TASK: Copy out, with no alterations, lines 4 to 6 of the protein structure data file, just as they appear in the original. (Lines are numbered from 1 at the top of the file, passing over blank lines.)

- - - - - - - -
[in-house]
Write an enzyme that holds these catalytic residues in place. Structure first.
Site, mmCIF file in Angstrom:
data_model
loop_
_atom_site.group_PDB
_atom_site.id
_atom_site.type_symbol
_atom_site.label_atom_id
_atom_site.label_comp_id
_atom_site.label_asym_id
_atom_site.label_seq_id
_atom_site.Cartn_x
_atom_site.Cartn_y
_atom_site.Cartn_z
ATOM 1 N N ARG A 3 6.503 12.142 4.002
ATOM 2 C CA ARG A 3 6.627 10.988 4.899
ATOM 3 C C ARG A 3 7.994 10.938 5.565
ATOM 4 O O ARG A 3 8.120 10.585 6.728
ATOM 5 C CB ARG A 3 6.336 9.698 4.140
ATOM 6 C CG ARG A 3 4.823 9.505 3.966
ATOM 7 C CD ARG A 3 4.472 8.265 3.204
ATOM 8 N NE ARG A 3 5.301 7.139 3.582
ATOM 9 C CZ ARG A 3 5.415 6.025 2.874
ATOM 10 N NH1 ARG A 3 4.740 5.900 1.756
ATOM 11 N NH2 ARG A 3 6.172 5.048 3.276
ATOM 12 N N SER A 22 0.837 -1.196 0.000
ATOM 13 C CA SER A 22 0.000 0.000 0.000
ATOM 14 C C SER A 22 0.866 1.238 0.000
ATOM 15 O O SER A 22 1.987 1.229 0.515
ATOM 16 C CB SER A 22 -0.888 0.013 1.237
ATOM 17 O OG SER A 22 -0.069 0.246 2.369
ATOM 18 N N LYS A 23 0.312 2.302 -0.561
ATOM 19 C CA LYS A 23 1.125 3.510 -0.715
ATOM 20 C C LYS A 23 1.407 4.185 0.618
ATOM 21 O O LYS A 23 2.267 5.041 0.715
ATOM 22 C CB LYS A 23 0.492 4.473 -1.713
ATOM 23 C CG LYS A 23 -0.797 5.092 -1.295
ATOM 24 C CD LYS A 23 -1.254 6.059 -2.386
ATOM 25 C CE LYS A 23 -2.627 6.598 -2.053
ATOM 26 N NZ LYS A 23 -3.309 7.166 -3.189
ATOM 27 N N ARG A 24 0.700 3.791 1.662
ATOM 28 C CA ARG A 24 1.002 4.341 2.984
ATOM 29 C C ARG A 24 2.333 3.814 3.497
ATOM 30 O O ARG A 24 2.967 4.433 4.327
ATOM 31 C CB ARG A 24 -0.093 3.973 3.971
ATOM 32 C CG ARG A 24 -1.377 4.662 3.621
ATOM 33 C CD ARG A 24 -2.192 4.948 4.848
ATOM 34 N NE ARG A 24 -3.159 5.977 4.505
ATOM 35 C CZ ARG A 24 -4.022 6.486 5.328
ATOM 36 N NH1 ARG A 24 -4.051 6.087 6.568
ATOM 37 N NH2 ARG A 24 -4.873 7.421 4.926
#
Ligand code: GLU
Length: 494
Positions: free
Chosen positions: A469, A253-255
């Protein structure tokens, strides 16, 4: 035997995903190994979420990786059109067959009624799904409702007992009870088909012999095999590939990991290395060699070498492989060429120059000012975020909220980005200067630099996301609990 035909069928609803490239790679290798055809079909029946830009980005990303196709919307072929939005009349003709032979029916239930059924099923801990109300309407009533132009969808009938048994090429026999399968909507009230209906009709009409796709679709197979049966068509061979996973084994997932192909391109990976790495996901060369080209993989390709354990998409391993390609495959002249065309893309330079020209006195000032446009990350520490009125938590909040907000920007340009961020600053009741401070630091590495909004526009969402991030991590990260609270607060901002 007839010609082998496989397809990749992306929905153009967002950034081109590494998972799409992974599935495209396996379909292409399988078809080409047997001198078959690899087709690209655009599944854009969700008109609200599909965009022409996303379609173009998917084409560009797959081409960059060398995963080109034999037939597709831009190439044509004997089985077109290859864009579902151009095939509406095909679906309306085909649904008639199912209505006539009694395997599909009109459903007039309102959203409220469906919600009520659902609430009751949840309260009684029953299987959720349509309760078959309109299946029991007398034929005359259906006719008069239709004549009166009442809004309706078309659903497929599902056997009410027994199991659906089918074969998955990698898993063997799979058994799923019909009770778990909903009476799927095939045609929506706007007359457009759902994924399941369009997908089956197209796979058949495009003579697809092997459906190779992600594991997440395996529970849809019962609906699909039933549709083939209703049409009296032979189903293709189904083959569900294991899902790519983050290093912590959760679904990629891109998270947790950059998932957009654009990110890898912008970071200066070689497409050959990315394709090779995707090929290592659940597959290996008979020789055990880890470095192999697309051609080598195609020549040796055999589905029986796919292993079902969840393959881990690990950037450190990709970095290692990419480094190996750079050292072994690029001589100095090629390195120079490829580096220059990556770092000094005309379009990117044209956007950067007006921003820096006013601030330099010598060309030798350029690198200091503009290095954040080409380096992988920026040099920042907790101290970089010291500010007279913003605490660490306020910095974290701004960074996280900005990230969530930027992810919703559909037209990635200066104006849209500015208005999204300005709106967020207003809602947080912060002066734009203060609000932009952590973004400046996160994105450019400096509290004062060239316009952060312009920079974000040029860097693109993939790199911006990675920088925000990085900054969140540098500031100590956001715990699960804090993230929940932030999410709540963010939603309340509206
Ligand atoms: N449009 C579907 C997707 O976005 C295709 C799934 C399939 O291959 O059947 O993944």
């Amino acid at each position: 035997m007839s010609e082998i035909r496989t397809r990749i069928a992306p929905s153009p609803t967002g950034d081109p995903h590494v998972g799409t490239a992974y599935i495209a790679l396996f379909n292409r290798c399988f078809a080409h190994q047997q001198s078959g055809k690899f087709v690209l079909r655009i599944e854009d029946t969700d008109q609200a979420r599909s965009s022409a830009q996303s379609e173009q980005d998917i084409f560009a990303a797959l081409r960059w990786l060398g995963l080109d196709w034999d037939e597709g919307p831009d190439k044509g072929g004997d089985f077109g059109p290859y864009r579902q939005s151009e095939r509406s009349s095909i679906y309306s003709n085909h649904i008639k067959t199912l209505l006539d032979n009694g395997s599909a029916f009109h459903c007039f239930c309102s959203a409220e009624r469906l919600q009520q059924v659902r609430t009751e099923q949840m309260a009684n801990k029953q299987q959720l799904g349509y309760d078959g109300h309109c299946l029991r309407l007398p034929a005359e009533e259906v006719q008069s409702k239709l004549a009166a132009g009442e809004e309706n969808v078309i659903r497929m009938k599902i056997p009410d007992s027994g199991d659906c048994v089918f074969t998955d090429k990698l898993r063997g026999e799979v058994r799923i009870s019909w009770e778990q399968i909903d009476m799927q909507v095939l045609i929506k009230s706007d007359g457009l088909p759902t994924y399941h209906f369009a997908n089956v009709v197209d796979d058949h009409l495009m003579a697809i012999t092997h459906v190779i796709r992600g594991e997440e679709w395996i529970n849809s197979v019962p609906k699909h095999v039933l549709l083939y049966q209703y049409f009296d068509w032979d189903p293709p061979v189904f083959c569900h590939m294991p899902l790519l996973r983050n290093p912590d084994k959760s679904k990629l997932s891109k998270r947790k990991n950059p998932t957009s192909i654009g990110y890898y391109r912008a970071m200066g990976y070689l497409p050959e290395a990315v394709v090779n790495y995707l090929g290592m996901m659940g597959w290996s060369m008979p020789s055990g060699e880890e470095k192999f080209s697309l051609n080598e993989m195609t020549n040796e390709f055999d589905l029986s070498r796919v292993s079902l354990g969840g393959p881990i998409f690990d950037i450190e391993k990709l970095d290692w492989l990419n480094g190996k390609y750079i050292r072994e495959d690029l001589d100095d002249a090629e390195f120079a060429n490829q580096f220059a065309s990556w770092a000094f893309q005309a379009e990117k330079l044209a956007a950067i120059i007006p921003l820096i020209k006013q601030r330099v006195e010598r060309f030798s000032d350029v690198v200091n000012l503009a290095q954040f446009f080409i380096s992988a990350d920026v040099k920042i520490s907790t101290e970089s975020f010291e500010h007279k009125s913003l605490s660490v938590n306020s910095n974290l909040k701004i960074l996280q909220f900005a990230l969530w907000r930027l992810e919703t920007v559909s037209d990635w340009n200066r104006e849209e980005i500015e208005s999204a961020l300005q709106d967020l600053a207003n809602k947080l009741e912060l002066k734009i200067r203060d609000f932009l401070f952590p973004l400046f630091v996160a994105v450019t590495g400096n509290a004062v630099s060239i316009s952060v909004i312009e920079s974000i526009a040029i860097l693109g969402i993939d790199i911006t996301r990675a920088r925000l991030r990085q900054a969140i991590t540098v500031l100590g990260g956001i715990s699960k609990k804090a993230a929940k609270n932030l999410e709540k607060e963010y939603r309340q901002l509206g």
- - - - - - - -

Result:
data_model
loop_
_atom_site.group_PDB